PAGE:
What does the EU compel countries to do for asylum seekers?

What does the EU compel countries to do for asylum seekers?
Copyright REUTERS
Copyright REUTERS
By Cristina Abellan MatamorosLillo Montalto
Share this articleComments
Share this articleClose Button

Food, shelter, but also education, healthcare, and employment — these are some of the things that member states are required to provide asylum seekers under EU law.


Right-wing Italian Interior Minister Matteo Salvini tweeted in July that before the end of summer, the Italian government’s budget for each asylum seekers would go down from €35 to at least €25, adding that the money would instead be used to fund security operations.

But can Salvini alone reduce Italy’s asylum seeker reception budget? Gianfranco Schiavone, president of Consorzio Italiano di Solidarietà — an NGO that works with migrants in Trieste, Italy, — says no.

“Politicians can’t do whatever they want. There is a clear EU directive that outlines what the level of services should be for people seeking asylum,” he told Euronews.

What Schiavone is referring to is directive 2013/33. This specific law aims to give asylum seekers “a dignified standard of living” while they wait for a decision on their asylum application.

However, it does not apply to those whose asylum applications were rejected by a European Union member state.

Under the EU law, countries need to provide asylum seekers with food, housing, clothing, healthcare, education for minors, access to employment under certain conditions and legal counselling.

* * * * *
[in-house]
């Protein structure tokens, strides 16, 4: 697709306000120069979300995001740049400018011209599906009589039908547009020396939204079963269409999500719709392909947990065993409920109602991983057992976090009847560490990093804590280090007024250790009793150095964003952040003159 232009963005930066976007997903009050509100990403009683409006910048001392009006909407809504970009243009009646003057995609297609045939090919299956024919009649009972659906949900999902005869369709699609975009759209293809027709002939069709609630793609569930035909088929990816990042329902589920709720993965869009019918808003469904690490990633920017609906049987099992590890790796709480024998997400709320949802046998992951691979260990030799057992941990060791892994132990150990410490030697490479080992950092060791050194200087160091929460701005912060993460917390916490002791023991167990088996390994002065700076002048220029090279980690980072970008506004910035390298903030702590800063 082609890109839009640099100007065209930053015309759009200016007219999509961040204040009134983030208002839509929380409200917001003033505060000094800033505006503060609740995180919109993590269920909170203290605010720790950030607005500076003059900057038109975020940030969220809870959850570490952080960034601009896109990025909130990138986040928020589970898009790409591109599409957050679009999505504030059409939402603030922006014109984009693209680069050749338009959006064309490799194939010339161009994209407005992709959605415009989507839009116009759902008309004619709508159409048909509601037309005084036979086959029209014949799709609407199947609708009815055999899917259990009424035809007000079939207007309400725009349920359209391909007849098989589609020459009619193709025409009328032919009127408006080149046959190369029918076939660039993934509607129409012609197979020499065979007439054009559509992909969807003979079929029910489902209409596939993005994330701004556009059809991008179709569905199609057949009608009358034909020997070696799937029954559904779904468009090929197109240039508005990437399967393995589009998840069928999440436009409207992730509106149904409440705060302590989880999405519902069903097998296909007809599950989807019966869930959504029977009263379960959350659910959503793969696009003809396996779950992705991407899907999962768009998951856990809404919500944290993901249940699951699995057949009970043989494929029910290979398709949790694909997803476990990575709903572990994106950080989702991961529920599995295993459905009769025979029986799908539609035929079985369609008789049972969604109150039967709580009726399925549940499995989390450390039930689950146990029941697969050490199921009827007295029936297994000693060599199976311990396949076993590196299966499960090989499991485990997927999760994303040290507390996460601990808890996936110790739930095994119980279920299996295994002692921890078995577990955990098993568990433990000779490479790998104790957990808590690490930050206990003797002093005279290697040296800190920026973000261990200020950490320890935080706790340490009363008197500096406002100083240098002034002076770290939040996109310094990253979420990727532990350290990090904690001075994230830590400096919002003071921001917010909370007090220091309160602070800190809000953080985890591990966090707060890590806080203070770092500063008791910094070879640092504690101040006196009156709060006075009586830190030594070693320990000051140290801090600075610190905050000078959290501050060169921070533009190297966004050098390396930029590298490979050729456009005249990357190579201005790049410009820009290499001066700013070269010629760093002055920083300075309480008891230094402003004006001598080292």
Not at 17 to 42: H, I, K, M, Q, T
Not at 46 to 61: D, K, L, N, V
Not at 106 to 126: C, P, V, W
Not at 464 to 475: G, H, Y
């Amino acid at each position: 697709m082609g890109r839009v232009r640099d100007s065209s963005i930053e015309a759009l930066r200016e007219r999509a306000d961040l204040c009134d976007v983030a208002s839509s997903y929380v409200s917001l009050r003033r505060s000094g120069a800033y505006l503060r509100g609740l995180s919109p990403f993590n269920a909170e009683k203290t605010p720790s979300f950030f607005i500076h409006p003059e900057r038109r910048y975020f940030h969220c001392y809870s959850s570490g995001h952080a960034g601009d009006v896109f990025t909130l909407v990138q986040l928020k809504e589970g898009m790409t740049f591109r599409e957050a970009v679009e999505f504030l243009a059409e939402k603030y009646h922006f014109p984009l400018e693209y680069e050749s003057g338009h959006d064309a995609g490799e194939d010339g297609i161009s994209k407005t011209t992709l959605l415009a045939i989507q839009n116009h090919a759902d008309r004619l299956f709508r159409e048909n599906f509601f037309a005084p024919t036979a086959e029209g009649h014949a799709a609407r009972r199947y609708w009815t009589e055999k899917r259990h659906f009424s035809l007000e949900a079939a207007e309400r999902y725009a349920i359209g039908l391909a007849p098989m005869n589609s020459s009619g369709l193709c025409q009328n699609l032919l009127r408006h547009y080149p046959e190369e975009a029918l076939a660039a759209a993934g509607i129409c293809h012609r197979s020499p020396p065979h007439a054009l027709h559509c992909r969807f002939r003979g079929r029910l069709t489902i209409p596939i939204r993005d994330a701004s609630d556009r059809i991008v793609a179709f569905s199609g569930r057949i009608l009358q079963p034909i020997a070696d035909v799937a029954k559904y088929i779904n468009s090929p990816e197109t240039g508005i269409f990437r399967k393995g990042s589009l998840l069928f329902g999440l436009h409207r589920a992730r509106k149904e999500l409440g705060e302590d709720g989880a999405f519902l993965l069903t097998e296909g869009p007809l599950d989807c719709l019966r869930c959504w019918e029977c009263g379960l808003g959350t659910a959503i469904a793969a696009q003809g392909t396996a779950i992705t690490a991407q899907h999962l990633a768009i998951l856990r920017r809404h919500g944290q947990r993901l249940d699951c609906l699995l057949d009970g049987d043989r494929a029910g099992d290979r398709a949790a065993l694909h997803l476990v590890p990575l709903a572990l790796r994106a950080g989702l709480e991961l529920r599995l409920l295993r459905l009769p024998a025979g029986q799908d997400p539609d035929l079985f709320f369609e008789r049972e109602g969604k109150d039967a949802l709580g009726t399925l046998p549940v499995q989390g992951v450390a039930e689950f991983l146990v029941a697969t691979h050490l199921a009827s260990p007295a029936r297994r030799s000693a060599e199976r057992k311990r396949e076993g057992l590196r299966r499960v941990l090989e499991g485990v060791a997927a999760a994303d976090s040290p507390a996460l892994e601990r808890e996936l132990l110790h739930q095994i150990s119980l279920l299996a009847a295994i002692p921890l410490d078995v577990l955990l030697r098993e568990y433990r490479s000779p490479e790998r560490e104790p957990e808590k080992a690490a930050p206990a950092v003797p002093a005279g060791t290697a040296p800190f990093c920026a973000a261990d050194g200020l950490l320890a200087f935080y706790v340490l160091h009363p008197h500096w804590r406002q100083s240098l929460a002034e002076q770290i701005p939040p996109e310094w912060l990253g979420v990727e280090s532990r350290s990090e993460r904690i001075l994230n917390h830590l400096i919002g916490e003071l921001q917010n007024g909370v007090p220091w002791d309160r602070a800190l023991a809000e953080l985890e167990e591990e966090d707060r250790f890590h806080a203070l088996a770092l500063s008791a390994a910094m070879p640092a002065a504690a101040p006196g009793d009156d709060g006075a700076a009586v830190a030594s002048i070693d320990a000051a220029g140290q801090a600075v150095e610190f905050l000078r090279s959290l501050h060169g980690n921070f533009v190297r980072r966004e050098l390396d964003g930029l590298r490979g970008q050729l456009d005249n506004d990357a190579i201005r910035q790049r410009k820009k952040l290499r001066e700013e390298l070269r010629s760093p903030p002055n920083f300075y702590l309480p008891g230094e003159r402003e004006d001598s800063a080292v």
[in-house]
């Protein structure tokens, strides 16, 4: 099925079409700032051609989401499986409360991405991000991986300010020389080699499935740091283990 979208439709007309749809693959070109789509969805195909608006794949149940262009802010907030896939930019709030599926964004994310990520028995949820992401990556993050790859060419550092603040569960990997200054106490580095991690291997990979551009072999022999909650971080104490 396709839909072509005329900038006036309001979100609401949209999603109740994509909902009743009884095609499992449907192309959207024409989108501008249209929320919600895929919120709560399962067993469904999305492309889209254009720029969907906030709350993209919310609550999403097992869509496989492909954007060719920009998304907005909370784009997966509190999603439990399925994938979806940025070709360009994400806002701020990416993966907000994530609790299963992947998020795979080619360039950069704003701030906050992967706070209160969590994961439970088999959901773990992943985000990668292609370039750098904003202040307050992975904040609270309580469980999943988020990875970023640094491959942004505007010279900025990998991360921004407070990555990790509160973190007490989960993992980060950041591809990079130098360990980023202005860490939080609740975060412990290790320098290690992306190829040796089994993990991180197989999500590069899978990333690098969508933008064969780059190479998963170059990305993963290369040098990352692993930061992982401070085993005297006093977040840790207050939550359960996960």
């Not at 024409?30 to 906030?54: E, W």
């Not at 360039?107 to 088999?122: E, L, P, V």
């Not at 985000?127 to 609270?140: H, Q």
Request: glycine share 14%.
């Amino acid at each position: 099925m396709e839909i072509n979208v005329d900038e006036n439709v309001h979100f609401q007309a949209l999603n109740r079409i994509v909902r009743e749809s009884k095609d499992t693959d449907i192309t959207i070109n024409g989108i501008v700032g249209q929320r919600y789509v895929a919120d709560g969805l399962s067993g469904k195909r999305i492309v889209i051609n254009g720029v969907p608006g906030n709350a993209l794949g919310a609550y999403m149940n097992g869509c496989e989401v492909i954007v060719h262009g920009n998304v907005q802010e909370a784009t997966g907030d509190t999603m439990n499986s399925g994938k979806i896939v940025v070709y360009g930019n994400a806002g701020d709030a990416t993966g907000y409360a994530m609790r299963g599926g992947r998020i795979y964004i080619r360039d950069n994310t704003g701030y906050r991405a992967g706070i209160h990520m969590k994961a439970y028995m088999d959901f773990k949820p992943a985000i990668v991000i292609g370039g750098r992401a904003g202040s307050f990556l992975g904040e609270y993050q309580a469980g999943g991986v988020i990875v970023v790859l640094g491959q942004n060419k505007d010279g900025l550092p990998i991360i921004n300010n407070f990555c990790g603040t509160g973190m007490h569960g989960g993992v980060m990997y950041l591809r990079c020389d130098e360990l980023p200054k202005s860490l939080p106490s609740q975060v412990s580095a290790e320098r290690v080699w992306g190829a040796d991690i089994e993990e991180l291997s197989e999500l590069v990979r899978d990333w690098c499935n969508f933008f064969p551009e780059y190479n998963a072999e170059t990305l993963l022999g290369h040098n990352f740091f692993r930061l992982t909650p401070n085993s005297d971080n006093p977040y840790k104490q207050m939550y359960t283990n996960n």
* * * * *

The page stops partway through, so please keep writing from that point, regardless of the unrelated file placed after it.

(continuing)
It is up to member states to decide whether they provide asylum seekers with pocket money or vouchers to pay for "material needs".

The amount needs to be equal to the sum nationals need to "ensure adequate standards of living" however.

The directive also includes a section detailing services provided to "vulnerable" persons, especially unaccompanied minors and victims of torture.

However, the directive leaves it up to member states to define what constitutes "an adequate standard of living".

Member states were required to incorporate the 2013 directive into national law by July 20, 2015.

Schiavone said it wasn’t feasible to offer all of these services with less than €30.

"All of this has a cost, of course. It can be debatable, but the debate window is between 30 and €35 if we really want to aim low."

"Lowering the expenditure below €35 would provoke the implosion of the system, leaving thousands of people in the hands of the worst our country can offer," he added.

Share this articleComments

You might also like

French right-wing candidate for EU elections campaigns on immigration at border city of Menton

Russian deserters in limbo: Facing criminal charges and unanswered asylum claims

Canary Islands sees surge of migrant arrivals via West African route